Teachers' wish list for students over the summer starts with these tips

abredeson@islandpacket.comJune 11, 2012 

Summer break is here. It's time for swimming and fishing, and playing in the sand.

But Beaufort County teachers are hoping their students will do more than just have fun in the sun over the next couple of months. Here are a few things they recommend kids do to prepare for the coming academic year.


Okatie Elementary School literacy coach Laura Phillips said research shows students who do not read over the summer will lose at least three months of progress. She said they should read 20 or 30 minutes every night.

She said Okatie Elementary has a summer reading list and expects students to read two books off the list over the summer. When they return to school the following year, they're asked to do a project on the book.

She suggests students read more than what's on their required reading lists. Enroll in summer reading programs. They have them at the libraries, and there's even one online through Scholastic (Scholastic also has an online summer reading challenge). She encourages students to use Beaufort County School District's virtual library.

"There's so many types of print they can read," Phillips said. "It doesn't have to be a novel. The important thing is that they're reading. ... Find that genre that they're interested in."


Hilton Head Island School for the Creative Arts physical education teacher Jackie Wheeler wants to encourage kids to stay active over the summer.

"So many students tell me that they stay inside in the summer because it is too hot," Wheeler said. "But we live in a location that allows for year-round fun. It just has to be done early morning or evening."

She would like her students to find an activity they love -- whether it's walking around the neighborhood, riding bicycles or swimming. She stresses that kids should always walk or ride in a safe location with a friend or family member, apply sunscreen often and drink plenty of water.

And if you want to exercise inside, she said you don't need expensive equipment. She said all you really need is enough room to move around.

"Rather than just sit and watch television, do sit-ups and pushups, and stretch while you watch your show," she said. "You could easily work on your abdominal strength and flexibility as you watch your favorite program."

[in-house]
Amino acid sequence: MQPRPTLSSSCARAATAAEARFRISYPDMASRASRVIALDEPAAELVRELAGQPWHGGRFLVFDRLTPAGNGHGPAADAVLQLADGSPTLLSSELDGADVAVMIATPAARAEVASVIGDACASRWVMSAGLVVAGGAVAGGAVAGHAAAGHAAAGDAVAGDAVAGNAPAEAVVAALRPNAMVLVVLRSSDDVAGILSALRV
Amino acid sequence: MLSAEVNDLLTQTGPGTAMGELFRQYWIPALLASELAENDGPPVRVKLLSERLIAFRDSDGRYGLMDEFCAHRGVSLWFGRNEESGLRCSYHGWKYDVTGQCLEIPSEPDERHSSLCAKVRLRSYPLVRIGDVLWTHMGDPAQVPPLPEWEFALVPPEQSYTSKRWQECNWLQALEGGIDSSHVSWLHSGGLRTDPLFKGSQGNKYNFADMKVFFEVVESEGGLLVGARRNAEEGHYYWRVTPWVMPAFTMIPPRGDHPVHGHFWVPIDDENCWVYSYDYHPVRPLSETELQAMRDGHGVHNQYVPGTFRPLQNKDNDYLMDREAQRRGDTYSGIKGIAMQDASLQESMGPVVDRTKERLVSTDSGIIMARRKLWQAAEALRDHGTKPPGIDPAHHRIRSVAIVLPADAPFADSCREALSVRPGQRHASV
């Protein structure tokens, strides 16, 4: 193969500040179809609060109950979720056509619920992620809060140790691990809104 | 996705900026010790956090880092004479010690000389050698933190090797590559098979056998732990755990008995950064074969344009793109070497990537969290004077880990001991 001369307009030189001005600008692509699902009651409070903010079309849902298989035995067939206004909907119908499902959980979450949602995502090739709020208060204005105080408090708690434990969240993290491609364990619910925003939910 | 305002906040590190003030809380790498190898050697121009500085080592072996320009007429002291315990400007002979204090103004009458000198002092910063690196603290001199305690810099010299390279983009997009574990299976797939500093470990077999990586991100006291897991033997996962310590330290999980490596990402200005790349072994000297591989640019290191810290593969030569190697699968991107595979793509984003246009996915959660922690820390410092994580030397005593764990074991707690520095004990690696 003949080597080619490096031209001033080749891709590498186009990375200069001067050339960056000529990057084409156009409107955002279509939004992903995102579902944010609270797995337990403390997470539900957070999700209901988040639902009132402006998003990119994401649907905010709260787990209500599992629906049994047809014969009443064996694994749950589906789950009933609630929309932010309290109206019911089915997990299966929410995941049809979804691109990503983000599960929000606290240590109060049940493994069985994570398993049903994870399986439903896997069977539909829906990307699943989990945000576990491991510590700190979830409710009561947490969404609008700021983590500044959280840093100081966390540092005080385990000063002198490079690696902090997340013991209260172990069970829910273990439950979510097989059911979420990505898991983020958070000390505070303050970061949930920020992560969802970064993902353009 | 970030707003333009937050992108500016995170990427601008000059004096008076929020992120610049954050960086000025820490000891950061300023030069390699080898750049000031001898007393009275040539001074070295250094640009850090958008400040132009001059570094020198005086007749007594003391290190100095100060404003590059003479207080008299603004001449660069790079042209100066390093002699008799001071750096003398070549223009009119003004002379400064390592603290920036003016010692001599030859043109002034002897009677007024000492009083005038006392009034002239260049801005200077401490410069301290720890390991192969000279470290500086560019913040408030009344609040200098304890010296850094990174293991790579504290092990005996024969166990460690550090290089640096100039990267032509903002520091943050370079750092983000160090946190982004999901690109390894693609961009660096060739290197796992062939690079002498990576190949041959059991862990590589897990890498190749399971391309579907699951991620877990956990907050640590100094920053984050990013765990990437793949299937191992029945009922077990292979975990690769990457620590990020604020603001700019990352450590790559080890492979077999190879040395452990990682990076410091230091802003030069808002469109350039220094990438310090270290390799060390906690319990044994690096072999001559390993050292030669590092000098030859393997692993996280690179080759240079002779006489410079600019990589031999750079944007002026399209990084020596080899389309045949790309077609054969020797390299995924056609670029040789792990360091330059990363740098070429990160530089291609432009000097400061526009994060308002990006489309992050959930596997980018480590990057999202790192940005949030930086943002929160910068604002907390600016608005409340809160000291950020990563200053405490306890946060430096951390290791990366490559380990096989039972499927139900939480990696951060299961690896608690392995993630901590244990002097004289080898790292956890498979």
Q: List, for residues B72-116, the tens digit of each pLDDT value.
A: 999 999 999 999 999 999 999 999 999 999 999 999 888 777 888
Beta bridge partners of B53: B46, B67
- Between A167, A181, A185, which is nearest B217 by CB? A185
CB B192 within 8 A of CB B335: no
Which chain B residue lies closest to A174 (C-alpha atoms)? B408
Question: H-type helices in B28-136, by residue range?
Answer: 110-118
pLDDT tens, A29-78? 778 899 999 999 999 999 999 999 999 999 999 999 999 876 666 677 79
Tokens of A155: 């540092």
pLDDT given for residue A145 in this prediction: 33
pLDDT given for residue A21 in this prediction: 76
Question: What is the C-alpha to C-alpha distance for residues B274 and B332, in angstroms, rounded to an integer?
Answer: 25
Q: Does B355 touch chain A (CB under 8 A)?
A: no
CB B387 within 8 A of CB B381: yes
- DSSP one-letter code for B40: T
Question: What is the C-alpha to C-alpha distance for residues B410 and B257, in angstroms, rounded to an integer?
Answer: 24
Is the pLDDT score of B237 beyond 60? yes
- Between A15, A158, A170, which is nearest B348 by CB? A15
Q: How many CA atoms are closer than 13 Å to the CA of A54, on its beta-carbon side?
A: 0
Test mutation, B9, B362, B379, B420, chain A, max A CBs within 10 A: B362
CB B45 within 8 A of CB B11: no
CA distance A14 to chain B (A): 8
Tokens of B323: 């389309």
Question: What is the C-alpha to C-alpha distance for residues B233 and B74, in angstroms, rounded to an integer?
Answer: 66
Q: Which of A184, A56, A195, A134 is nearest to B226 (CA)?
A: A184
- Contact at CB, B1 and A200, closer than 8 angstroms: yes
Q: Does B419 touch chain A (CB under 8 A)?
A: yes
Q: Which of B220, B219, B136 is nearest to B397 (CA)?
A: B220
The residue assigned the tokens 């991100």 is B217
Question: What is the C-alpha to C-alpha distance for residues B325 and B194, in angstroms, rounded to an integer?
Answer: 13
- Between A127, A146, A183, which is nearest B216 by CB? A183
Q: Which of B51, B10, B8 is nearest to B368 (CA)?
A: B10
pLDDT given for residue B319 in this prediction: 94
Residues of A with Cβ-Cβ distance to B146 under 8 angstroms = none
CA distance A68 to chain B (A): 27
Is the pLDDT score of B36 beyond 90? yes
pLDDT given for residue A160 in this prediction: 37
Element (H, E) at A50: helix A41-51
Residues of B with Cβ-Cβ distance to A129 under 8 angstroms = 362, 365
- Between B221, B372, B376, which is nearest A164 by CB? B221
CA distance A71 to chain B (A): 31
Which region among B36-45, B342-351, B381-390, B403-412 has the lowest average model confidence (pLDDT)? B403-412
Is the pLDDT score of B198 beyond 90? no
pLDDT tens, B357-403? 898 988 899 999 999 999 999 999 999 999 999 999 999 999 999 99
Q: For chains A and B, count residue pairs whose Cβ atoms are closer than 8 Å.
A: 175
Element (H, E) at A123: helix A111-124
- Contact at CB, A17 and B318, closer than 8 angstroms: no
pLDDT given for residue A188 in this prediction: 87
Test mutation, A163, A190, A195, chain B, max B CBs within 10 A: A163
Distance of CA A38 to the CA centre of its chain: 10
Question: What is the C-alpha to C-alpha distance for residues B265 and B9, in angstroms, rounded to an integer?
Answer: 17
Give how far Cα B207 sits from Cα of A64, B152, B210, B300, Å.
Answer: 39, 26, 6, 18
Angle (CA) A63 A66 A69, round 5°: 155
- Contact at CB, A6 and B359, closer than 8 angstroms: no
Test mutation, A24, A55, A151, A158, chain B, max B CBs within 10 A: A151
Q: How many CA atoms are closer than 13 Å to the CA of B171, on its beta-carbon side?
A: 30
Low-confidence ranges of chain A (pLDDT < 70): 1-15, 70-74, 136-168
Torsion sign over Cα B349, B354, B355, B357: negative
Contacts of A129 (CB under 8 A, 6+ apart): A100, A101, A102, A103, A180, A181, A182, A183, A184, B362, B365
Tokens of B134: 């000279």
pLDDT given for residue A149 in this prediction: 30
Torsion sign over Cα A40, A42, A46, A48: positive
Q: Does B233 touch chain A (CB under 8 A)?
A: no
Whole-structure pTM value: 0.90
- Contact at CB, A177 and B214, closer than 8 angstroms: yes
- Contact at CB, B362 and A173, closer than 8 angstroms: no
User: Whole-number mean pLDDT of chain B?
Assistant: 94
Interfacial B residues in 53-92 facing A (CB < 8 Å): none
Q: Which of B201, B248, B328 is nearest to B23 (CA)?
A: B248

Whale Branch Middle School and Beaufort Middle School math coach Yolanda Goethe recommends that students sharpen their math skills by visiting www.onlinemathle arning.com. The website offers tutorial videos, worksheets and games for pre-kindergarten through 12th grade.

For elementary school children, Goethe suggests that parents practice counting and math facts with their children in their daily activities. At the grocery store, have your child count the number of items needed, count the change, estimate the cost or determine how much change they will receive. At home they can count the number of stairs they climb or estimate the amount to time between activities.

She encourages parents to point out numbers throughout the day -- numbers on the clock, the thermometer, the scale. Give your child the grocery advertisements from the newspaper and have him or her make up a list of what the family would need for one day. Tell the child to figure out the total of all the items.

"Help your children do math in their heads with lots of small numbers," Goethe said. "Ask questions: 'If I have four cups and I need seven, how many more do I need?' or 'If I need 12 drinks for the class, how many packages of three drinks will I need?'<2009>"


If you plan to take physics in the coming year, Bluffton High School physics teacher Kevin Sandusky said reviewing those math skills -- vectors and trigonometry, in particular -- are a necessity.

Sandusky said he pushes his students to experience physics outside of the classroom as well as inside.

"I warn them that physics will invade their lives," he said. "When they drive a car, friction, not the engine, provides the force that pushes them forwahen they turn a sharp corner, the car turns in front of their moving body. ... Roller coasters change gravitational potential energy into kinetic energy."

Sandusky said he hopes his students continue to think about physics as they experience it.

"I suspect putting physics into practice greatly helps my students recall material as they transition from my physics course to my AP physics course," he said.

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